It should be noted that the Commission said this applies where Grand Lodges in the same territory are “in amity,” and repeated this in 1986, saying, “The Commission recognizes that the American doctrine of exclusive territorial jurisdiction is subject to exceptions, one of which is an agreement on the part of the Grand Lodge located in a territory that another Grand Lodge may operate within that territory.”(32) In 1997, the Commission refused to recommend recognition of the new “Regular Grand Lodge of Andorra,” because even though 7 lodges in Andorra formed that Grand Lodge, there are 2 Lodges in that country under the National Grand Lodge of France and 1 under the Grand Lodge of Spain. Thus, the Regular Grand Lodge of Andorra “does not ‘share territorial jurisdiction by mutual consent or treaty.'” (emphasis in original)(33)
Significance of the Doctrine of Exclusive Territorial Jurisdiction and Any Changes
All of this is more than just a possibly interesting historical study. This doctrine, or what most Masons think this doctrine says, has definite effects on policies that are adopted by Grand Lodges today.
Some who are opposed to recognizing Prince Hall Freemasonry sometimes say they are opposed because of the doctrine of exclusive territorial jurisdiction; because, they say, is it not possible to have more than one recognized Grand Lodge in any state. Some say this in good faith, and some might say this to hide other reasons for opposing Prince Hall recognition.
Freemasonry’s ritual teaches the importance of honesty in all our dealings in the world, particularly with brother Masons. Therefore, it is important to eliminate any confusion about whether or not it is possible under Masonic law to recognize a Grand Lodge in the same state or territory as another Grand Lodge, or to accept the lodges under that Grand Lodge as being just as regular as ours. There is no question that the doctrine of exclusive territorial jurisdiction does not prevent this from happening, and there is nothing at all improper or irregular in those Grand Lodges in states and countries that have recognized Prince Hall or other Grand Lodges in the same places where other recognized Grand Lodges exist.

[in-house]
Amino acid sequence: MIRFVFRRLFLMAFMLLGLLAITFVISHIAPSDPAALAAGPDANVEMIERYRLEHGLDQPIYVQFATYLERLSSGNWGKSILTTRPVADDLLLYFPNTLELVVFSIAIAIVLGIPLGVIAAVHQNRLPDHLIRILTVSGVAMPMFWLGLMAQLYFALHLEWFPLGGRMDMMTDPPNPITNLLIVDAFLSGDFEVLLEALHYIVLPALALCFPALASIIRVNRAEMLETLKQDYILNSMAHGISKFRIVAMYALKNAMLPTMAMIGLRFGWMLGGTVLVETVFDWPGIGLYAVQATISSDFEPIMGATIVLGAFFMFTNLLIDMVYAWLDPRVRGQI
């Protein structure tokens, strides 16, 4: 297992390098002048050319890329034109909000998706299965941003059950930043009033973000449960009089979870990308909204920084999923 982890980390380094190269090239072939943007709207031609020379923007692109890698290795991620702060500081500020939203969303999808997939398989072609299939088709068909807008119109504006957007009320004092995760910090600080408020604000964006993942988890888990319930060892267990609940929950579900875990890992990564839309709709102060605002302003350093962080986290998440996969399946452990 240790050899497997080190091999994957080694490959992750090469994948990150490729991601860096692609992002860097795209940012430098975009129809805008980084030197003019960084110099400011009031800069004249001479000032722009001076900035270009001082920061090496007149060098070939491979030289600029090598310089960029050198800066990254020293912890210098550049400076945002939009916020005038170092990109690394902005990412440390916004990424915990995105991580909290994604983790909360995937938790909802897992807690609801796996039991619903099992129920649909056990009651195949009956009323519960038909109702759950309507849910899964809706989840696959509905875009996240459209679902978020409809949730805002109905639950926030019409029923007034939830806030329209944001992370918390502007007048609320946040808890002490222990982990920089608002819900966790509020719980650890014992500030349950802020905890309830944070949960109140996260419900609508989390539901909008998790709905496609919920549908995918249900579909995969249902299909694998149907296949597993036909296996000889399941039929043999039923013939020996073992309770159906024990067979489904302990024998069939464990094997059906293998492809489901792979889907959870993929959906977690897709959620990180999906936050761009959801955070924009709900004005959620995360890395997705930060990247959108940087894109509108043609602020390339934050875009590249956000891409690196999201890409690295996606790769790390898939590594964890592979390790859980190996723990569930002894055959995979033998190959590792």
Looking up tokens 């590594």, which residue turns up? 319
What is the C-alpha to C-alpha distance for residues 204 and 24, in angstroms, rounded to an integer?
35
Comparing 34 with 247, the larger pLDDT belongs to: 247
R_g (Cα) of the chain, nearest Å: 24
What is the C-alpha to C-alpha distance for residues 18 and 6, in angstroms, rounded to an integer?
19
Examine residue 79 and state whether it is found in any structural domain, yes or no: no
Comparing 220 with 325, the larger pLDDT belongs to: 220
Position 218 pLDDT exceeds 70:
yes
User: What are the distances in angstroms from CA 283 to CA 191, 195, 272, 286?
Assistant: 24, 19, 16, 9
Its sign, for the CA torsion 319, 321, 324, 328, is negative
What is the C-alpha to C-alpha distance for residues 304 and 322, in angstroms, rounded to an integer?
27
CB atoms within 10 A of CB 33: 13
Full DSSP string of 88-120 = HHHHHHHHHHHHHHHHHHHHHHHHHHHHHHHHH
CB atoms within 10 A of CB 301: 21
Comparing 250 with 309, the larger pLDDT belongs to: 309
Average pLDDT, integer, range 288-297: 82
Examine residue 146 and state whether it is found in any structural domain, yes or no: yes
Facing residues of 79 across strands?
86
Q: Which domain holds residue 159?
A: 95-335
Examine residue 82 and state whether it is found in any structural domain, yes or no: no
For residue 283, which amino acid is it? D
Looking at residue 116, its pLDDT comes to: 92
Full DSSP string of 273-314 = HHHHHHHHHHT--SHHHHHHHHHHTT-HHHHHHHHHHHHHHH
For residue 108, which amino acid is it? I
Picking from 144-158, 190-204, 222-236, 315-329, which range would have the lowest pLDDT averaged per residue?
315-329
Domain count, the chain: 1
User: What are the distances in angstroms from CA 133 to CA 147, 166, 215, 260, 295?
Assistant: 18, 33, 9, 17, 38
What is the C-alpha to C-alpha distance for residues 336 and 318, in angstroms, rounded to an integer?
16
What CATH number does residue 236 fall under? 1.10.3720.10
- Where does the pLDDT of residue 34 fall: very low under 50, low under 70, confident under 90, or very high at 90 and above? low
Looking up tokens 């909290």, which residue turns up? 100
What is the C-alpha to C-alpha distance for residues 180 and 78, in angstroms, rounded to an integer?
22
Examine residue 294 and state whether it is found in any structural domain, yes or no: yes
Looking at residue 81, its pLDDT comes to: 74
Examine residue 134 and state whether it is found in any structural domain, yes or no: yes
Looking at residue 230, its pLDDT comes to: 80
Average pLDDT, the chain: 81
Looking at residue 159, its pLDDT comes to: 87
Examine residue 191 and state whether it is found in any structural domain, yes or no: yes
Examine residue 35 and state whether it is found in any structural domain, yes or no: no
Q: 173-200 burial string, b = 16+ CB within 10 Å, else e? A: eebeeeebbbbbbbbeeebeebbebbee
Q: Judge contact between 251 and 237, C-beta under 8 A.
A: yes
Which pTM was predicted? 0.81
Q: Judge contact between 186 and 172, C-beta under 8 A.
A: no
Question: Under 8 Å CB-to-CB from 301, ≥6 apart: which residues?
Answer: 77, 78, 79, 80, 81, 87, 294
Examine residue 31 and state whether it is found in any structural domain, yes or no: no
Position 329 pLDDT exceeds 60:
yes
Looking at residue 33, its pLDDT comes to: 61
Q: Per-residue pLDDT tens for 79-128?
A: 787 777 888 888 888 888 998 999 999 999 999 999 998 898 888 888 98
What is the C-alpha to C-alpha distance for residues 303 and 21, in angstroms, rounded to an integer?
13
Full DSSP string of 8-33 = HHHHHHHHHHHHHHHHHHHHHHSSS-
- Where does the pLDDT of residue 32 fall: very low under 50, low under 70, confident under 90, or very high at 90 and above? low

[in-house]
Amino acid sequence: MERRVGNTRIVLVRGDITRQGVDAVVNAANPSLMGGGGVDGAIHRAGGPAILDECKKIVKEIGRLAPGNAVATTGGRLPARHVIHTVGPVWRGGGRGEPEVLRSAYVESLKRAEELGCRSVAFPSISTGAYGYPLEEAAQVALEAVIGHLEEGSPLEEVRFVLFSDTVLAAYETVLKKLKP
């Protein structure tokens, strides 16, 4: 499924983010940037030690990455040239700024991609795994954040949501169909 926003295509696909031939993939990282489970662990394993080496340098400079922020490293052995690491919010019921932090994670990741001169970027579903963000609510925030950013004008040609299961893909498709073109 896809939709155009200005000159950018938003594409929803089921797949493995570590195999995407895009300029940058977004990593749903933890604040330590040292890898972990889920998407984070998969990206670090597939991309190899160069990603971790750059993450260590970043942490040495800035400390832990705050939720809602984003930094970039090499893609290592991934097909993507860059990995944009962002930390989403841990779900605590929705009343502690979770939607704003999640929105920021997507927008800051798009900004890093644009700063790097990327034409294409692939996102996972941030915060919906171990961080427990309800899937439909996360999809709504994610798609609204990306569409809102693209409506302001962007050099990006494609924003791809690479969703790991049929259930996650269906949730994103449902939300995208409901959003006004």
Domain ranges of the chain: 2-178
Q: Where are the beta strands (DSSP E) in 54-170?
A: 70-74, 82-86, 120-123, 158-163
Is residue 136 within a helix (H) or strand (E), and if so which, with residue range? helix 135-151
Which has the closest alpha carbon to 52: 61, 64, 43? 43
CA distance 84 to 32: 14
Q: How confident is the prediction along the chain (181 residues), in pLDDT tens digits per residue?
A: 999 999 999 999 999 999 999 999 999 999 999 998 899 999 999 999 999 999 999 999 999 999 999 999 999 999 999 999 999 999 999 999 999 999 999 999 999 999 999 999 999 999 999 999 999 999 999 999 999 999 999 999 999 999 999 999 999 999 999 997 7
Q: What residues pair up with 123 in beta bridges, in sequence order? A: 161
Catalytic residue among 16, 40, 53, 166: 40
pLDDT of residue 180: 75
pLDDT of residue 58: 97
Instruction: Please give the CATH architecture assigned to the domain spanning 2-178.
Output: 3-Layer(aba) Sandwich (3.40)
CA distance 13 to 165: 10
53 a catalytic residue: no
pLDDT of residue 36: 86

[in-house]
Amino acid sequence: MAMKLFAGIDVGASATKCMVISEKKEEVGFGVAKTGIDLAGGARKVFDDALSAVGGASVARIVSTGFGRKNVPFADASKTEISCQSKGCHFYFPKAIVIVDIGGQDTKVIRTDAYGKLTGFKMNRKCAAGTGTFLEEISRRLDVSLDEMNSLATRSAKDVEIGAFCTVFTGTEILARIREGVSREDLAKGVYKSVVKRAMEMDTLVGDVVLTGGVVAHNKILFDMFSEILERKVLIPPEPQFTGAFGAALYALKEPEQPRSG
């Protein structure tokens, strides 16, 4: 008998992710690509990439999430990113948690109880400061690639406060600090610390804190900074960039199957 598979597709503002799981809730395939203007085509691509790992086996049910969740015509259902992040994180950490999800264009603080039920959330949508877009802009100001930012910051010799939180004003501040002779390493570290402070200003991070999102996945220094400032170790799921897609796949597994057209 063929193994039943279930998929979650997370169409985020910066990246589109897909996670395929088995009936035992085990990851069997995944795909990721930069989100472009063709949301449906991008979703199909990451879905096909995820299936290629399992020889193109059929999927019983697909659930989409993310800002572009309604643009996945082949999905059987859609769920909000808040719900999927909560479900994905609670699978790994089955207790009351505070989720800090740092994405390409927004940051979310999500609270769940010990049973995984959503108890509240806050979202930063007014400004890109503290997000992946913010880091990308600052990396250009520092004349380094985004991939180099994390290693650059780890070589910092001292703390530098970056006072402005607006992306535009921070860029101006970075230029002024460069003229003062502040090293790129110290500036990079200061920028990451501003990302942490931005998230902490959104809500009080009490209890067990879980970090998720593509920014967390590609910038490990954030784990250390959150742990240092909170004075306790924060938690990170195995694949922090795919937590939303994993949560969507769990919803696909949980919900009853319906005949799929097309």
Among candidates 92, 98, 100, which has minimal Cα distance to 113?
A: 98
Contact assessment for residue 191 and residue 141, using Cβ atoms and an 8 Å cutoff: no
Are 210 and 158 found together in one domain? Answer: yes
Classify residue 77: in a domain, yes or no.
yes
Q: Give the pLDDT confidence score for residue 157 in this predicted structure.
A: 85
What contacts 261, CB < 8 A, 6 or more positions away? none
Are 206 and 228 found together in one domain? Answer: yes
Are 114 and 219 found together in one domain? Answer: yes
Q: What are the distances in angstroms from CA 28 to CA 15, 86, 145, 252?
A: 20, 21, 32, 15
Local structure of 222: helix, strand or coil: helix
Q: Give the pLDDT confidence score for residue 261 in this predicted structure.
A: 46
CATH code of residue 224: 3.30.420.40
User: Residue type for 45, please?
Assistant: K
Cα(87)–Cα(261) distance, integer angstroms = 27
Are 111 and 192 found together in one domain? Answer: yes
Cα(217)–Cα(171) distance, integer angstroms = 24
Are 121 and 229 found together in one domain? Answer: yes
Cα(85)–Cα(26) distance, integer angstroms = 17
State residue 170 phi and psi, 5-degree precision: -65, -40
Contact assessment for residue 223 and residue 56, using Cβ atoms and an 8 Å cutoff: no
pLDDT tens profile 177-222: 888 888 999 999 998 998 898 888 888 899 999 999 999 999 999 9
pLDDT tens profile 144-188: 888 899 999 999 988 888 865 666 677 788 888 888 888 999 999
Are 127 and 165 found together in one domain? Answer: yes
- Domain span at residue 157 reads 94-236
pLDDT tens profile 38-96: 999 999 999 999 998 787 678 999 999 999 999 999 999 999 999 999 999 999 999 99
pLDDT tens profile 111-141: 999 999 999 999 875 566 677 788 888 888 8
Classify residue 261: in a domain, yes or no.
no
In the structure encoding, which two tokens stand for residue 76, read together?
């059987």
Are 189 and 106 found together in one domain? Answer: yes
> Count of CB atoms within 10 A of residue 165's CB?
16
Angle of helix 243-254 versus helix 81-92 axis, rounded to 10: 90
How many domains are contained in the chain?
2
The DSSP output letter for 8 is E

There is also nothing in the doctrine of exclusive territorial jurisdiction that would in any way hinder the Grand Lodge of any state in the United States from, for example, recognizing the Grand Lodge of France at the same time that the National Grand Lodge of France is also recognized, or from changing the situation where the United Grand Lodge of England, on the one hand, and all the United States Grand Lodges, on the other hand, recognize different Grand Lodges in Italy and Greece. Each one could recognize both of the Grand Lodges in those countries, if they wished to.
In short, decisions about which Grand Lodges to recognize should be made on the basis on which ones meet the standards established by each Grand Lodge, and not on the basis of the elusive, confusing, and often-violated doctrine of exclusive territorial jurisdiction. In fact, it might be clearer if the doctrine were simply declared to be no longer useful or in force.(34)
Coil’s Masonic Encyclopedia, by Henry Wilson Coil, revised by Allen E. Roberts, published by Macoy Publishing and Masonic Supply Company, Richmond, Virginia, 1996.
Freemasonry in Virginia (1733-1936), by William Moseley Brown, published by Masonic Home Press, Inc., Richmond, 1936.
Freemasons’ Guide and Compendium, by Bernard E. Jones, published by Macoy Publishing and Masonic Supply Company, New York, 1950.
Grand Lodge Recognition: A Symposium on the Conditions of Grand Lodge Recognition, compiled and published by the Commission on Information for Recognition of the Conference of Grand Masters of Masons in North America, published by Macoy Publishing and Masonic Supply Company, New York, 1956.
History of Freemasonry in Maryland, by Edward T. Schultz, published in Baltimore, 1884.
Information for Recognition: Reports on Grand Lodges in Other Lands, edited by Thomas S. Roy, prepared by the Commission on Information for Recognition of the Conference of Grand Masters of Masons in North America, published by Macoy Publishing and Masonic Supply Company, New York, 1958.
List of Lodges – Masonic, published by Pentagraph Publishers, Bloomington, Illinois, each year.